Shin splints involve damage to one of two groups of muscles along the shin bone that cause pain. The location of the shin splint pain depends on which group of muscles is damaged. The two types of shin splints include the following:
- anterolateral shin splint - a type of shin splint that affects the front and outer part of the muscles of the shin and is caused by a congenital (present at birth) imbalance in the size of opposite muscles.
- posteromedial shin splint - a type of shin splint that affects the back and inner part of the muscles of the shin and is caused by running and/or by wearing inappropriate footwear.
Shin splints usually develop after rigorous exercise, sports, or repetitive activity.
The following are the most common symptoms of shin splints. However, each individual may experience symptoms differently. Symptoms may include:
- anterolateral shin splints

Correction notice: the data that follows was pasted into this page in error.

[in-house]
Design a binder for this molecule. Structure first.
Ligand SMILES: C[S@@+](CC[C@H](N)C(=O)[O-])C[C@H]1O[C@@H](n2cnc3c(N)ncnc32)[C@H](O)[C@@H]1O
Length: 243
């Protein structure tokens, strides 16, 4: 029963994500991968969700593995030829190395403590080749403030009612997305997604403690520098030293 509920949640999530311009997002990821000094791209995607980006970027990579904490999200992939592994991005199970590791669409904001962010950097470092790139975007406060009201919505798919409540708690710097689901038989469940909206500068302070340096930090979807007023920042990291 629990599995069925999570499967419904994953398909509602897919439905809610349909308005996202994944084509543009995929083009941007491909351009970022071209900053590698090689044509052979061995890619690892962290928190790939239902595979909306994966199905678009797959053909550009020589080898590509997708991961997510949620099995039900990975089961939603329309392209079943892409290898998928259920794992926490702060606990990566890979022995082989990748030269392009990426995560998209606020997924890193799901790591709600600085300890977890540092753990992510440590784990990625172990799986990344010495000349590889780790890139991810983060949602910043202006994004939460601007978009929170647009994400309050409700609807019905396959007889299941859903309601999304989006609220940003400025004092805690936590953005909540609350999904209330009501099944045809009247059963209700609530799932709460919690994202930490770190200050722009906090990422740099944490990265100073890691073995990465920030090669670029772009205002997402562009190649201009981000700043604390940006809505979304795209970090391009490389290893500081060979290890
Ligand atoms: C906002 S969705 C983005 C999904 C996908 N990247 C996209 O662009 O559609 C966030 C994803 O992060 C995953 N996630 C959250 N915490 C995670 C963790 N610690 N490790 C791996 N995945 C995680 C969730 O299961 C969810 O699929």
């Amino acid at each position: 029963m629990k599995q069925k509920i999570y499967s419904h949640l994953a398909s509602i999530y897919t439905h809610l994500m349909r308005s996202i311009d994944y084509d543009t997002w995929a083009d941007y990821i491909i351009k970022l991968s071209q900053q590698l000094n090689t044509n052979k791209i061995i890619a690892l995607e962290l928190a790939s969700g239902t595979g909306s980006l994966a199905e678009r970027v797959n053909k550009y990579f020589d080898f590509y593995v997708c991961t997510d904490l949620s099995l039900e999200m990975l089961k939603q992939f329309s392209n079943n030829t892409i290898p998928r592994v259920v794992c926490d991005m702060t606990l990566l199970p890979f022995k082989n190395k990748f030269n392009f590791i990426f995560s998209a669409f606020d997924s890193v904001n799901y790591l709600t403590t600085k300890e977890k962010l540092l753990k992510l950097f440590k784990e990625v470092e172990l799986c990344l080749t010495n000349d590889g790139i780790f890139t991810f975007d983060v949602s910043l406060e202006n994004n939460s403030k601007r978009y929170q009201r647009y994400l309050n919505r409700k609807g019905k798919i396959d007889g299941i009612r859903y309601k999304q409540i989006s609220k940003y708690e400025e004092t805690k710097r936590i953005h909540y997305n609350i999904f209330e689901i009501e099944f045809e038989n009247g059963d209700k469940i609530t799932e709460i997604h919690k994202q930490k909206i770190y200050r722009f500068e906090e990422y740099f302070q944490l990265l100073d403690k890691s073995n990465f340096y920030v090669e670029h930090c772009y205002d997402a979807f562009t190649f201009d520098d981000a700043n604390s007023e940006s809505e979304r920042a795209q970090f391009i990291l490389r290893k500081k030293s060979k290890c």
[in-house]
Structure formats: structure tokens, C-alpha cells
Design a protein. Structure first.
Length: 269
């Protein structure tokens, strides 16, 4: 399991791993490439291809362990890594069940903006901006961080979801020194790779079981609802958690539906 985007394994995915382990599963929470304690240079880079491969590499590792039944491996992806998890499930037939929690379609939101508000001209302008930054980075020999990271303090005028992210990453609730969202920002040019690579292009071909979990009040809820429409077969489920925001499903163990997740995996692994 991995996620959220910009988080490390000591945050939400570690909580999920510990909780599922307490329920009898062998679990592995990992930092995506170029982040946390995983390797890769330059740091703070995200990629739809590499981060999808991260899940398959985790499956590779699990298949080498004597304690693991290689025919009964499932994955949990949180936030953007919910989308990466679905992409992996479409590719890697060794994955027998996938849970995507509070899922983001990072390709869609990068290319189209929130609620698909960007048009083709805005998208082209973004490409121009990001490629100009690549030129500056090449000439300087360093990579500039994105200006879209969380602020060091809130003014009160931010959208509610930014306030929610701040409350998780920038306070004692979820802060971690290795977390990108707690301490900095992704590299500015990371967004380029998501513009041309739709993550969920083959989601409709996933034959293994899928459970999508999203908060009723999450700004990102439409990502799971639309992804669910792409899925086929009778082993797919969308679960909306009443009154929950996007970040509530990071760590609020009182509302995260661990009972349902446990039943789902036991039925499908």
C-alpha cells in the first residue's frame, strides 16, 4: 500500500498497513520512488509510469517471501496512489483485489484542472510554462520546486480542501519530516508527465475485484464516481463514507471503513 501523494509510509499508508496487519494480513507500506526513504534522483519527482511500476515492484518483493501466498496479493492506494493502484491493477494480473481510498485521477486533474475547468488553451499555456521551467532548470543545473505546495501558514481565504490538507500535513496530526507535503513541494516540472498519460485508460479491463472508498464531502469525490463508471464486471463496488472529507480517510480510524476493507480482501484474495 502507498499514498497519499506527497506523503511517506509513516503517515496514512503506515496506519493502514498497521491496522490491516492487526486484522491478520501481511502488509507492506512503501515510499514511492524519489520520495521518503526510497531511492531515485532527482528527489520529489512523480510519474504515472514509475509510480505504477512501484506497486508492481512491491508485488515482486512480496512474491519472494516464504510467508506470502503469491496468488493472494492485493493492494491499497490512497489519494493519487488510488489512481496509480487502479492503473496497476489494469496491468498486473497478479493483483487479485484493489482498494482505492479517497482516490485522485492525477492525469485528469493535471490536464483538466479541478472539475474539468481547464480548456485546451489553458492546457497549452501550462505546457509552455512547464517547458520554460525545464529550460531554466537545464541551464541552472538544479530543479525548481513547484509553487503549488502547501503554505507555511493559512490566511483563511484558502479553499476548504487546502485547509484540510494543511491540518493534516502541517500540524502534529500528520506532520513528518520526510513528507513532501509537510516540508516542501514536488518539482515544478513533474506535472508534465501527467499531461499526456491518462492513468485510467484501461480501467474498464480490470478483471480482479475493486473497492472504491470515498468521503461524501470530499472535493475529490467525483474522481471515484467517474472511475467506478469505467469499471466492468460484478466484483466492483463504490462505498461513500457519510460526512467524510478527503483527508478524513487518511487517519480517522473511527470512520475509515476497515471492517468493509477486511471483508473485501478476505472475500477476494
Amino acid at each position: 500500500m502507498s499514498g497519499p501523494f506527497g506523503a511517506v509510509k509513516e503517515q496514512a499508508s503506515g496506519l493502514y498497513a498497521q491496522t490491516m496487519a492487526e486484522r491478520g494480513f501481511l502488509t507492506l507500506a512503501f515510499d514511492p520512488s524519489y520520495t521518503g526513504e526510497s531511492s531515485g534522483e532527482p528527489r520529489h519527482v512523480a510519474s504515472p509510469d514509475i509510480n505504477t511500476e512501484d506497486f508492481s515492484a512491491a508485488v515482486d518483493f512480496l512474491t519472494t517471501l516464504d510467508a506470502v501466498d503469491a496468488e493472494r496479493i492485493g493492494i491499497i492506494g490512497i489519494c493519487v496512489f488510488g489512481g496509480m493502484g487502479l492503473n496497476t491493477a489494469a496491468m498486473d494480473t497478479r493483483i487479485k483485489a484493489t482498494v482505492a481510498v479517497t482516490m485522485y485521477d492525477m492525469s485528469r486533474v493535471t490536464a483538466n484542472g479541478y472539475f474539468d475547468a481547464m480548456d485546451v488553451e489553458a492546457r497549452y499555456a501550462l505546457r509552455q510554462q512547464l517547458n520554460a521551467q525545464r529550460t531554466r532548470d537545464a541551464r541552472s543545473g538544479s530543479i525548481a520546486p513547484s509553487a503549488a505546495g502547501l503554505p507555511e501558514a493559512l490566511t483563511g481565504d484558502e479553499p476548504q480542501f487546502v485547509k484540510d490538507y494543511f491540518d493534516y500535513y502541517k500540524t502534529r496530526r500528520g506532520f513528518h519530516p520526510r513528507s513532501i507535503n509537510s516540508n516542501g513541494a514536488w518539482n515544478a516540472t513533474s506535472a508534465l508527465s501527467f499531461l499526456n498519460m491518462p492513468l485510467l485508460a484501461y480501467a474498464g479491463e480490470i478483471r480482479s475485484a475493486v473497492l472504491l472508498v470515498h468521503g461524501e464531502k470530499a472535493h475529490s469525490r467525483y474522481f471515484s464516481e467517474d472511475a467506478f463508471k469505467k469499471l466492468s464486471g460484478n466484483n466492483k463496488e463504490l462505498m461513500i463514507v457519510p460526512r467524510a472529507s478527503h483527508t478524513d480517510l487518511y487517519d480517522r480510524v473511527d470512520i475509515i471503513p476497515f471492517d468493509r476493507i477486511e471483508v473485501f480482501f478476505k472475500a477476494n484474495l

With this type of shin splint, pain is felt on the front and outside of the shin, which is first felt when the heel touches the ground during running. Pain eventually becomes constant and the shin is painful to the touch.
- posteromedial shin splints
With this type of shin splint, pain starts on the inside of the lower leg above the ankle. Pain becomes worse when standing on the toes or rolling the ankle inward. As the shin splint progresses, the severity of pain will increase, leading to inflammation.
The symptoms of shin splints may resemble other conditions or medical problems. Always consult your physician for a diagnosis.
Diagnosis of a shin splint usually is confirmed with a complete medical history and physical examination.
Specific treatment for shin splints will be determined by your physician based on:
- your age, overall health, and medical history
- extent of the condition
- type of shin splint
- your tolerance for specific medications, procedures, and therapies
- expectation for the course of the condition
- your opinion or preference
The best course of treatment for shin splints is to discontinue any activity that is causing the condition, until the injury is healed. Other treatment may include:
- stretching exercises
- strengthening exercises
- cold packs
- medication such as ibuprofen
- running shoes with a rigid heel and special arch support
- surgery, in severe cases, where part of the shin bone is torn away
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